Representative Ed Perlmutter (D-CO) ‘remains very upset’ that marijuana banking reform was Deleted from last week’s defense billApparently at the request of the Democratic Senate leadership. But he said in an interview with Marijuana Moment that the ensuing congressional debate has nonetheless pushed the issue.
Looking to the future, the sponsor of the Banking Safe and Fair Enforcement Act (SAFE) sees additional opportunities to pass the legislation as part of other broad bills if the Senate remains unwilling to adopt the independent procedure. He has held talks with House Speaker Nancy Pelosi (California) to this end.
Representatives Earl Blumenauer (D-OR) and Dave Joyce (R-OH) also told Marijuana Moment this week that they are still determined to find a way to pass despite the recent setback.
Bluminauer, who also Issued a note reflecting the progress of the year On marijuana reform and prioritization for 2022 Thursday, he said during a briefing with reporters that he has “learned to be patient” when it comes to cannabis reform on Capitol Hill.
“We’re playing a long game here, and we’re in the best position ever with the Senate,” Blumenauer said. “I am confident we will be able to move when we achieve that.”
The congressional debate over SAFE banking this year has divided some lawmakers and advocates. They share the ultimate goal of decriminalizing cannabis, but there is a tension between the pragmatic desire to pursue bipartisan legislation that is more piecemeal but has the votes to pass now and the push for comprehensive reform that will take time to build support for.
But despite lawmakers’ optimism, that doesn’t necessarily banish the latest failed attempt to secure protection for banks that choose to work with state legal cannabis firms. was home Pass the fix as part of its version of the National Defense Authorization Act (NDAA), only to be sidelined after bicameral negotiations.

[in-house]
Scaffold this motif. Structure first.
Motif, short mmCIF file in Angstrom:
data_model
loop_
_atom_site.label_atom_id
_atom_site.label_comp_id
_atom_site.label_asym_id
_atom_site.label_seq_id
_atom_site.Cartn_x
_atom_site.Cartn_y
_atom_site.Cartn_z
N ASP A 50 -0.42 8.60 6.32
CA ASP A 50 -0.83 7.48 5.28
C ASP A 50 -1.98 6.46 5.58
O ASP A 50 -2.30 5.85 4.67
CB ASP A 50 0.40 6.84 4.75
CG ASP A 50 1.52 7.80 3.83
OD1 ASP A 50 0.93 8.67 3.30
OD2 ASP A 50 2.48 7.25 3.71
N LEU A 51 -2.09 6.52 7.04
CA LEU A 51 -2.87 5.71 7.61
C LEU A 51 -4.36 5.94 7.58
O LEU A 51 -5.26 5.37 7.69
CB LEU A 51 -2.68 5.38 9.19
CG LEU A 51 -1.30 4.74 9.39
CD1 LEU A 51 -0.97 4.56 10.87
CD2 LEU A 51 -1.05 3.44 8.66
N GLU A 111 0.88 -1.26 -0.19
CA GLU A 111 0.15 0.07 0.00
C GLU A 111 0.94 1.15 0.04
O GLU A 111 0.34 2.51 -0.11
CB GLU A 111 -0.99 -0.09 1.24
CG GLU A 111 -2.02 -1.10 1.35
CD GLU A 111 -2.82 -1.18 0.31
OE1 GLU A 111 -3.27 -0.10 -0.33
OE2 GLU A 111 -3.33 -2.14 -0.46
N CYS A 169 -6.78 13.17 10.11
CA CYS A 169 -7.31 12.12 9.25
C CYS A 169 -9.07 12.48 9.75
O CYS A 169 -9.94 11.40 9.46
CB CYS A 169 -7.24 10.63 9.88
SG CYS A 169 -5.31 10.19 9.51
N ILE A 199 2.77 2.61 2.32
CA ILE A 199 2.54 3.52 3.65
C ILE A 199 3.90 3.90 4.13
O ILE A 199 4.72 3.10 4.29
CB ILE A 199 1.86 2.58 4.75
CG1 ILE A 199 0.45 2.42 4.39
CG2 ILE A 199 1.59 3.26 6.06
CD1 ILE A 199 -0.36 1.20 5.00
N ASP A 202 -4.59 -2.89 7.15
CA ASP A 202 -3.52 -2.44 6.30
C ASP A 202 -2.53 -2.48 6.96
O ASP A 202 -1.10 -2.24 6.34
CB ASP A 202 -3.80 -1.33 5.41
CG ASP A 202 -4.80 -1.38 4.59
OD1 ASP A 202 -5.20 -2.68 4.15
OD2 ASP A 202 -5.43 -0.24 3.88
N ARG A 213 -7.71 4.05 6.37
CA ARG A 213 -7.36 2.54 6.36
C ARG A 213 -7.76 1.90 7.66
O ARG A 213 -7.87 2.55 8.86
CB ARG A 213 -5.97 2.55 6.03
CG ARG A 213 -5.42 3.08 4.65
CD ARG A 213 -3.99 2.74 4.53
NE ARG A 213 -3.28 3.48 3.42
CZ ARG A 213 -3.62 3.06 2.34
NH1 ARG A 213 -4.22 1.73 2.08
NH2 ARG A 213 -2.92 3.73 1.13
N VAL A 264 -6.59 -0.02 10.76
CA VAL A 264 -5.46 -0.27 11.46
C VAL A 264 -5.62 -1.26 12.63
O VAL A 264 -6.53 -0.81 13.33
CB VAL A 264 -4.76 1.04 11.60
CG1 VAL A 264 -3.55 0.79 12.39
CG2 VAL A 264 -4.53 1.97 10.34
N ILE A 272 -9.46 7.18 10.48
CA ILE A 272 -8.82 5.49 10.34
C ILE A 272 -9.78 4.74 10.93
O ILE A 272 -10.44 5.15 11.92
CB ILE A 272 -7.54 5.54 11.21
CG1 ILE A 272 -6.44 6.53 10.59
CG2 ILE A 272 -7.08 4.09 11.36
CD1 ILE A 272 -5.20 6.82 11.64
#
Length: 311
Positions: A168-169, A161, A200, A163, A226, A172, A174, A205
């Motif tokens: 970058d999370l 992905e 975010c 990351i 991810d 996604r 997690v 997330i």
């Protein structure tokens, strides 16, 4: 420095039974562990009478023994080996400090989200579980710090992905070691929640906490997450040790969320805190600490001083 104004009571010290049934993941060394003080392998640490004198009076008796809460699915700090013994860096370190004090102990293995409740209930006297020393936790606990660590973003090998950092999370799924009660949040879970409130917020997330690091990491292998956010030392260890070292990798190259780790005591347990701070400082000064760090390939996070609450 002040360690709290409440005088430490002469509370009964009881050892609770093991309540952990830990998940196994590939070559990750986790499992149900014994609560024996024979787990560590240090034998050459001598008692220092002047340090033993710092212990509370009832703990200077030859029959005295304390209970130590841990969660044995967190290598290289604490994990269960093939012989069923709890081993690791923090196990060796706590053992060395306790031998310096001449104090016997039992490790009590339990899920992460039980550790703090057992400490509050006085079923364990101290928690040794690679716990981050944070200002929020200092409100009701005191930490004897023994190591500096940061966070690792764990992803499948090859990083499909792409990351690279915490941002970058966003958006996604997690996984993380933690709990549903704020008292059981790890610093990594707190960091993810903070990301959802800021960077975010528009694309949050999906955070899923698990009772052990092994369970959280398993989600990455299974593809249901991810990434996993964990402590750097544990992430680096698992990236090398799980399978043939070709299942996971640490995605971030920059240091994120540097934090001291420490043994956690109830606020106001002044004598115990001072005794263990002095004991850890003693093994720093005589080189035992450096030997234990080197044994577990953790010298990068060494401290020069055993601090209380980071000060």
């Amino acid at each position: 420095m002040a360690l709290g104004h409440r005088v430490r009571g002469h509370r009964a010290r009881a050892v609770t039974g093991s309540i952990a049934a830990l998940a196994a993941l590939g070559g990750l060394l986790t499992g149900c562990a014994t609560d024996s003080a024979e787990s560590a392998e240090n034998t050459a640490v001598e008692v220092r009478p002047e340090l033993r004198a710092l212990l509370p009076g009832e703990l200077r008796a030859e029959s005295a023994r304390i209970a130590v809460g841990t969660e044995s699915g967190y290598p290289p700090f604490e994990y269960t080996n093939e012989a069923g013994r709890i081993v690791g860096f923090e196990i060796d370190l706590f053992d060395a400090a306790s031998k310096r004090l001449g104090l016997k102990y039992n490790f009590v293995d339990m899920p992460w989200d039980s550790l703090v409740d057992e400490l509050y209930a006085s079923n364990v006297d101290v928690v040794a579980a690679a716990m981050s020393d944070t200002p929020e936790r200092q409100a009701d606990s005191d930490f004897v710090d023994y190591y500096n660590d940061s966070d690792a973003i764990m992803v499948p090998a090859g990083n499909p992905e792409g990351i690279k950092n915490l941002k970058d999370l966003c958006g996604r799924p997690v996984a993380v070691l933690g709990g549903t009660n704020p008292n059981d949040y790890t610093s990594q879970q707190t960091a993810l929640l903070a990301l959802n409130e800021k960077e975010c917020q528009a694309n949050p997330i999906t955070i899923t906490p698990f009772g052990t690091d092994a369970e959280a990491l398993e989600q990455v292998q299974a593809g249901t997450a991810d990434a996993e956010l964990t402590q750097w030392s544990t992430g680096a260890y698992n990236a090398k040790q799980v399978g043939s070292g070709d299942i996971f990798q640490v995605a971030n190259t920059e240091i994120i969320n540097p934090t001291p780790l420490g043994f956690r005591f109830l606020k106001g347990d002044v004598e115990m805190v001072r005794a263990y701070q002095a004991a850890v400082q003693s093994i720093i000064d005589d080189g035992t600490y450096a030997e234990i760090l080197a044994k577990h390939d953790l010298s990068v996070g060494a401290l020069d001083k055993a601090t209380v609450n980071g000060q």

“By adding it to the NDAA, we’ve highlighted the matter by several notches in terms of the attention the Senate had to direct SAFE Banking,” Perlmutter told Marijuana Moment in a phone interview Tuesday.
While still frustrated by the lack of action on Senate cannabis policy, he said he was “somewhat encouraged by the conversation that developed” after he introduced an amendment in the House Rules Committee to reintroduce the legislation into the defense bill — even if it ultimately decided Not forcing a vote and risking blowing up the overall NDAA deal that emerged from bicameral negotiations.
But he and other House lawmakers have indicated that the days of playing nicely with the Senate, hoping that the other body will handle dealing with cannabis banks at its own pace, are over.
Blumenauer told Marijuana Moment Thursday that “it’s very clear that this is the last time we’re essentially avoiding a showdown” without blowing bigger bills, if it comes to that. Perlmutter made similar comments during last week’s rules meeting.
It was no secret that Senate Majority Leader Chuck Schumer (D-NY) has posed an obstacle to enacting marijuana banking reform through the NDAA, as he has repeatedly said he believes Comprehensive reform to end the federal cannabis ban The development of an organizational chart should come first. It was the leader’s last word, Perlmutter said, that nailed the coffin to the passage of banking reform as part of the defense bill.
“Senator Schumer really weighed in on this. It was one of the last things that got out of the NDAA — really at the insistence of the Senate Majority Leader,” he said.
The congressman is one of the sponsors of the legalization bill – the Marijuana Opportunities, Reinvestment, and Delisting (MORE) Act, passed by the House last year and The Judicial Committee acquitted this session in September. He wants to see broad reform, too. But he’s not entirely confident the proposal still has the votes to approve it in the full House again, with a narrower Democratic majority in place now than when it was last floated.